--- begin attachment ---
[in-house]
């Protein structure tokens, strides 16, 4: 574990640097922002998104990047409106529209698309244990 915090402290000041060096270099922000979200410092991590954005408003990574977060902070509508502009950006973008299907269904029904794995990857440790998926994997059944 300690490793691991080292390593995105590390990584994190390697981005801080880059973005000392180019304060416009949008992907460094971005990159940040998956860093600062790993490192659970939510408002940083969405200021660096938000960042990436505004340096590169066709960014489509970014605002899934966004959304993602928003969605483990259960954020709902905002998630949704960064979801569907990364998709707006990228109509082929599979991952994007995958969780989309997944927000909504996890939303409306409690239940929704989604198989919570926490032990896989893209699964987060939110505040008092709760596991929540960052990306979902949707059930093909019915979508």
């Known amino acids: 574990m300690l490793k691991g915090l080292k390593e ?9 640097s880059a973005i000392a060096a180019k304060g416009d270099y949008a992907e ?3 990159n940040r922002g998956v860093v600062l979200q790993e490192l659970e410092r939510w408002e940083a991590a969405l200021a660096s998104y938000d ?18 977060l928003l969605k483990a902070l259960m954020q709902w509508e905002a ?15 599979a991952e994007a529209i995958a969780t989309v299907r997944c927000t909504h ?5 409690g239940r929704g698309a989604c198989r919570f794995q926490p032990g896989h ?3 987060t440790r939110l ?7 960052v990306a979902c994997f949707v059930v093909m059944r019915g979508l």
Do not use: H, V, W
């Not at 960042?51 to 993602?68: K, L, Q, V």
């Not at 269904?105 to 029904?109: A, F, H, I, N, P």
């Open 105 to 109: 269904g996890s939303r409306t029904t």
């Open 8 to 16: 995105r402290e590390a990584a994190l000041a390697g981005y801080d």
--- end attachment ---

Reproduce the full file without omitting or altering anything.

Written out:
[in-house]
């Protein structure tokens, strides 16, 4: 574990640097922002998104990047409106529209698309244990 915090402290000041060096270099922000979200410092991590954005408003990574977060902070509508502009950006973008299907269904029904794995990857440790998926994997059944 300690490793691991080292390593995105590390990584994190390697981005801080880059973005000392180019304060416009949008992907460094971005990159940040998956860093600062790993490192659970939510408002940083969405200021660096938000960042990436505004340096590169066709960014489509970014605002899934966004959304993602928003969605483990259960954020709902905002998630949704960064979801569907990364998709707006990228109509082929599979991952994007995958969780989309997944927000909504996890939303409306409690239940929704989604198989919570926490032990896989893209699964987060939110505040008092709760596991929540960052990306979902949707059930093909019915979508």
């Known amino acids: 574990m300690l490793k691991g915090l080292k390593e ?9 640097s880059a973005i000392a060096a180019k304060g416009d270099y949008a992907e ?3 990159n940040r922002g998956v860093v600062l979200q790993e490192l659970e410092r939510w408002e940083a991590a969405l200021a660096s998104y938000d ?18 977060l928003l969605k483990a902070l259960m954020q709902w509508e905002a ?15 599979a991952e994007a529209i995958a969780t989309v299907r997944c927000t909504h ?5 409690g239940r929704g698309a989604c198989r919570f794995q926490p032990g896989h ?3 987060t440790r939110l ?7 960052v990306a979902c994997f949707v059930v093909m059944r019915g979508l």
Do not use: H, V, W
């Not at 960042?51 to 993602?68: K, L, Q, V």
């Not at 269904?105 to 029904?109: A, F, H, I, N, P």
């Open 105 to 109: 269904g996890s939303r409306t029904t």
């Open 8 to 16: 995105r402290e590390a990584a994190l000041a390697g981005y801080d």